I recently discovered that a client contractor had cancelled his CIS registration but continued paying some firms who were supply and fix. This was a complete misunderstanding on his part and he accepts that he has failed to correctly operate the scheme. I warned him that if he now notifies the Revenue he will be faced with significant penalties (not limited to £3,000 as he is not a new contractor) and if he does not, then those potential penalties will increase very significantly as time goes on if the Revenue should later find out, due to the continuing delay in submission. He has agreed that we should notify the Revenue. I am quite happy that this does not require a money laundering report.
However, had the client refused to notify, and perhaps simply registered now to get things right for the future, I felt that I would then probably have to make a MLR. My reasoning was as follows:
Whilst most of the subcontractors were probably gross payment firms, some should have had a tax deduction, although they all looked like legitimate businesses so have probably declared the income. I felt that although there would probably be no loss of tax to the Treasury (ignoring the timing issue), that the client had failed to pay over the tax and so had effectively gained a financial advantage and now that he is aware of this, it would be dishonest of him not to put things right. I took the view that although the client had effectively paid too much to the subcontractor and therefore did not gain overall, that the tax and the overpayment were really two separate transactions that could not be offset.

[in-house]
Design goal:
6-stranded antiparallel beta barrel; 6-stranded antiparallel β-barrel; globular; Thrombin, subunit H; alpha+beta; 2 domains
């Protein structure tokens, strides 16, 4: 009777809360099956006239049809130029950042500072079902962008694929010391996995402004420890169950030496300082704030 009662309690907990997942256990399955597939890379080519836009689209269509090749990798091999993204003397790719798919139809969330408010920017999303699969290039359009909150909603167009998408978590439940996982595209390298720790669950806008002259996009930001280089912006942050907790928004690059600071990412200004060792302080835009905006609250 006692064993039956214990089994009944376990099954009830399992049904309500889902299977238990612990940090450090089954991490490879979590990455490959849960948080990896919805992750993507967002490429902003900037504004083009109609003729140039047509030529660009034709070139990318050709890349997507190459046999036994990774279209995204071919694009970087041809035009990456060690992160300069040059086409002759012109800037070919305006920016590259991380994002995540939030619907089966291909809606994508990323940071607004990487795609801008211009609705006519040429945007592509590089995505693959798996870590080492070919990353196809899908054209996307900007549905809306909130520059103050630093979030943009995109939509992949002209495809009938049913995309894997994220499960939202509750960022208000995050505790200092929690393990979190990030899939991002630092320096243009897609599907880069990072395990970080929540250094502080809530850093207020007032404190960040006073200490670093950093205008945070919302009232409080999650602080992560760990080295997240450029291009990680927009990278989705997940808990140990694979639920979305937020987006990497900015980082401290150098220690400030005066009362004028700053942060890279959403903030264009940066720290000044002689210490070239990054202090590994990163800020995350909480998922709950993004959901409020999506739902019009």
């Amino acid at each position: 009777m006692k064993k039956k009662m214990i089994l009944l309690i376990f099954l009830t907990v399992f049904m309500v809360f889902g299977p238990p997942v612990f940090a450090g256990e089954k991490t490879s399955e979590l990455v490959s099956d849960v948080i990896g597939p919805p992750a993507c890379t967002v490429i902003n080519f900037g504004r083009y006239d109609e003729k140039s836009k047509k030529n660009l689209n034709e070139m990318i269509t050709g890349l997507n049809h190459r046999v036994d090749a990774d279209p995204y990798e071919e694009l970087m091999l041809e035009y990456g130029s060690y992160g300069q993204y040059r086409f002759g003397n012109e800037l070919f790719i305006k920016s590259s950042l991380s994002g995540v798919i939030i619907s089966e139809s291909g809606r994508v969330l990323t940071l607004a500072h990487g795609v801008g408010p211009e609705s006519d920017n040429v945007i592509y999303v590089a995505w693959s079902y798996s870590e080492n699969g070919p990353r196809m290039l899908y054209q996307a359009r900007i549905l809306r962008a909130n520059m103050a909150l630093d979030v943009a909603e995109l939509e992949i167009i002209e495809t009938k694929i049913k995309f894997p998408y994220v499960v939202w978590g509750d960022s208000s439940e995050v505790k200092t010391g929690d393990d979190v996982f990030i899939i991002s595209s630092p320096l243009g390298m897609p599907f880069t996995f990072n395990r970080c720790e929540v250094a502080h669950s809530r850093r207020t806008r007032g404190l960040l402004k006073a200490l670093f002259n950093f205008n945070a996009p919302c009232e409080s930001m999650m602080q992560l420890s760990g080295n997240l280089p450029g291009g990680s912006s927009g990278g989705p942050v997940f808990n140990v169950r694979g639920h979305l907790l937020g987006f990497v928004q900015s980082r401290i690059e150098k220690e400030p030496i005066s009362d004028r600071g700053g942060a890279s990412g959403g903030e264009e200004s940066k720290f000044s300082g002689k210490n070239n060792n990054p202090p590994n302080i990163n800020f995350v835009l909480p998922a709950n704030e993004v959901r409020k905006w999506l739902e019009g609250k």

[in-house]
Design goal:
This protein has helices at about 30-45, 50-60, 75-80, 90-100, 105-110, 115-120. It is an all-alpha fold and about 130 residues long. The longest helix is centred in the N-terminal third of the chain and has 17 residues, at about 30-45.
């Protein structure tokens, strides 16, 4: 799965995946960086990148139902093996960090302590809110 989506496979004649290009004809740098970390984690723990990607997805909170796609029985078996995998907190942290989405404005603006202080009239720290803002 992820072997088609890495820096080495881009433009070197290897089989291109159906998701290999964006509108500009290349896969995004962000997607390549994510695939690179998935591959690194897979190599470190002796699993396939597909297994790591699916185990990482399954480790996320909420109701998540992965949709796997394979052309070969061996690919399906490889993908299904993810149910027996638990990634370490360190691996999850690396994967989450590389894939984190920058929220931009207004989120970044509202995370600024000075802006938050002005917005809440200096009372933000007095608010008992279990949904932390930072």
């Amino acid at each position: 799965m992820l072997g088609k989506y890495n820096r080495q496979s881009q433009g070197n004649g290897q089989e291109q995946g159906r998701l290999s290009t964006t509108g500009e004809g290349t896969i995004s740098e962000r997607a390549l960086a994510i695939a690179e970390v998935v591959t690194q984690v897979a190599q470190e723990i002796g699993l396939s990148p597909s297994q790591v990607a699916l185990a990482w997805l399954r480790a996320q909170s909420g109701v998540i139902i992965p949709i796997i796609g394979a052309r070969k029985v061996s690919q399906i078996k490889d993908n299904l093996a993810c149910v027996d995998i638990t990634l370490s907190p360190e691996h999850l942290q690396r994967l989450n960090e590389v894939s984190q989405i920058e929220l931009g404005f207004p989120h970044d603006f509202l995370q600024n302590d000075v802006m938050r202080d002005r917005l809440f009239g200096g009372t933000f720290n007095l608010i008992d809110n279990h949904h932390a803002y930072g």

Also, as the legislation requires a contractor to register and make returns or pay penalties, would a failure to report the failure mean that he has dishonestly avoided the payment of the penalty so that the saving of the penalty does itself become criminal property and thereby necessitating a ML report?
The reason for asking now is that I have just found on another forum that in a similar situation the OP was advised by all those responding that as there was no loss of tax, it was acceptable to advise the client not to notify but to get it right in the future. Clearly if there are any legitimate ethical and legal reasons for not notifying the Revenue of the failures, I would like to know!